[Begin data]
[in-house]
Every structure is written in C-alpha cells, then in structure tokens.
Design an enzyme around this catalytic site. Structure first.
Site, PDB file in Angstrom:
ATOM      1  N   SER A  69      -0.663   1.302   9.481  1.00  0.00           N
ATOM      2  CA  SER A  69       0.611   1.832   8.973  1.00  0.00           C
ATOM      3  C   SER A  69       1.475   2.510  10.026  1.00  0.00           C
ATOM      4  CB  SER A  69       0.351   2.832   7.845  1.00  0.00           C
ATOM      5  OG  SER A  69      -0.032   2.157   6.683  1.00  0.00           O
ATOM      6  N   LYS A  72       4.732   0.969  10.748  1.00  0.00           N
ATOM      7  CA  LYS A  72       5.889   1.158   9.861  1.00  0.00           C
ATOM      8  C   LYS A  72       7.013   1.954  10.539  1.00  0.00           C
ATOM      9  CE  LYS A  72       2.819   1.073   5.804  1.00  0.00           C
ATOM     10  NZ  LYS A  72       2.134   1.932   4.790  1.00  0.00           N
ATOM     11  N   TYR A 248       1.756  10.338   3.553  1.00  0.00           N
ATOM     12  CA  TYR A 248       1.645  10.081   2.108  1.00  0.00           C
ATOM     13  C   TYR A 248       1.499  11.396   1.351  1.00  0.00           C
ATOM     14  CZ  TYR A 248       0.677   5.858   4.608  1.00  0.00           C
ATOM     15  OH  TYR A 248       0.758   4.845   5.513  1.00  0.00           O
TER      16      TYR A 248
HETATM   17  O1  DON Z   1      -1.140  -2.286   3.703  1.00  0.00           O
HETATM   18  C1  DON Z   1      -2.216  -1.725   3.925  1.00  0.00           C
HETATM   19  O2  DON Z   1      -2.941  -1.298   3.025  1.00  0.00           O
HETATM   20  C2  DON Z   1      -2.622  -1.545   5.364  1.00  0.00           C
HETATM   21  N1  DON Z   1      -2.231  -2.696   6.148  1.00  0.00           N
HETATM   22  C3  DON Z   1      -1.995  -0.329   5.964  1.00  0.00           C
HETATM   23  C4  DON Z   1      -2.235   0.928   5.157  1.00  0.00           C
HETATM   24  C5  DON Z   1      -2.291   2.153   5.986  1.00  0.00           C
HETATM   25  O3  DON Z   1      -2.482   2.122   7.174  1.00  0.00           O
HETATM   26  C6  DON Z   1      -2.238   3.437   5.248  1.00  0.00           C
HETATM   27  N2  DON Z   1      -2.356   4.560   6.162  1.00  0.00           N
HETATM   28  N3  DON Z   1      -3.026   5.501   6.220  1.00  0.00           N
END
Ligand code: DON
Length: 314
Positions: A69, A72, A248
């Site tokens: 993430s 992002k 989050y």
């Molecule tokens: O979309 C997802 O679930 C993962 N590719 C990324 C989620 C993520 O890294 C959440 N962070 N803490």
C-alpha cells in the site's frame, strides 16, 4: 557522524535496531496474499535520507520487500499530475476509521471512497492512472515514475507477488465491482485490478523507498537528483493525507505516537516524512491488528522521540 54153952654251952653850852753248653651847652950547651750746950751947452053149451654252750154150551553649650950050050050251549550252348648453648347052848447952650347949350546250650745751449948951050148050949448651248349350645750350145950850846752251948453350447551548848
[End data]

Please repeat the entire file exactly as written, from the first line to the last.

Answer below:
[in-house]
Every structure is written in C-alpha cells, then in structure tokens.
Design an enzyme around this catalytic site. Structure first.
Site, PDB file in Angstrom:
ATOM      1  N   SER A  69      -0.663   1.302   9.481  1.00  0.00           N
ATOM      2  CA  SER A  69       0.611   1.832   8.973  1.00  0.00           C
ATOM      3  C   SER A  69       1.475   2.510  10.026  1.00  0.00           C
ATOM      4  CB  SER A  69       0.351   2.832   7.845  1.00  0.00           C
ATOM      5  OG  SER A  69      -0.032   2.157   6.683  1.00  0.00           O
ATOM      6  N   LYS A  72       4.732   0.969  10.748  1.00  0.00           N
ATOM      7  CA  LYS A  72       5.889   1.158   9.861  1.00  0.00           C
ATOM      8  C   LYS A  72       7.013   1.954  10.539  1.00  0.00           C
ATOM      9  CE  LYS A  72       2.819   1.073   5.804  1.00  0.00           C
ATOM     10  NZ  LYS A  72       2.134   1.932   4.790  1.00  0.00           N
ATOM     11  N   TYR A 248       1.756  10.338   3.553  1.00  0.00           N
ATOM     12  CA  TYR A 248       1.645  10.081   2.108  1.00  0.00           C
ATOM     13  C   TYR A 248       1.499  11.396   1.351  1.00  0.00           C
ATOM     14  CZ  TYR A 248       0.677   5.858   4.608  1.00  0.00           C
ATOM     15  OH  TYR A 248       0.758   4.845   5.513  1.00  0.00           O
TER      16      TYR A 248
HETATM   17  O1  DON Z   1      -1.140  -2.286   3.703  1.00  0.00           O
HETATM   18  C1  DON Z   1      -2.216  -1.725   3.925  1.00  0.00           C
HETATM   19  O2  DON Z   1      -2.941  -1.298   3.025  1.00  0.00           O
HETATM   20  C2  DON Z   1      -2.622  -1.545   5.364  1.00  0.00           C
HETATM   21  N1  DON Z   1      -2.231  -2.696   6.148  1.00  0.00           N
HETATM   22  C3  DON Z   1      -1.995  -0.329   5.964  1.00  0.00           C
HETATM   23  C4  DON Z   1      -2.235   0.928   5.157  1.00  0.00           C
HETATM   24  C5  DON Z   1      -2.291   2.153   5.986  1.00  0.00           C
HETATM   25  O3  DON Z   1      -2.482   2.122   7.174  1.00  0.00           O
HETATM   26  C6  DON Z   1      -2.238   3.437   5.248  1.00  0.00           C
HETATM   27  N2  DON Z   1      -2.356   4.560   6.162  1.00  0.00           N
HETATM   28  N3  DON Z   1      -3.026   5.501   6.220  1.00  0.00           N
END
Ligand code: DON
Length: 314
Positions: A69, A72, A248
């Site tokens: 993430s 992002k 989050y």
């Molecule tokens: O979309 C997802 O679930 C993962 N590719 C990324 C989620 C993520 O890294 C959440 N962070 N803490």
C-alpha cells in the site's frame, strides 16, 4: 557522524535496531496474499535520507520487500499530475476509521471512497492512472515514475507477488465491482485490478523507498537528483493525507505516537516524512491488528522521540 54153952654251952653850852753248653651847652950547651750746950751947452053149451654252750154150551553649650950050050050251549550252348648453648347052848447952650347949350546250650745751449948951050148050949448651248349350645750350145950850846752251948453350447551548848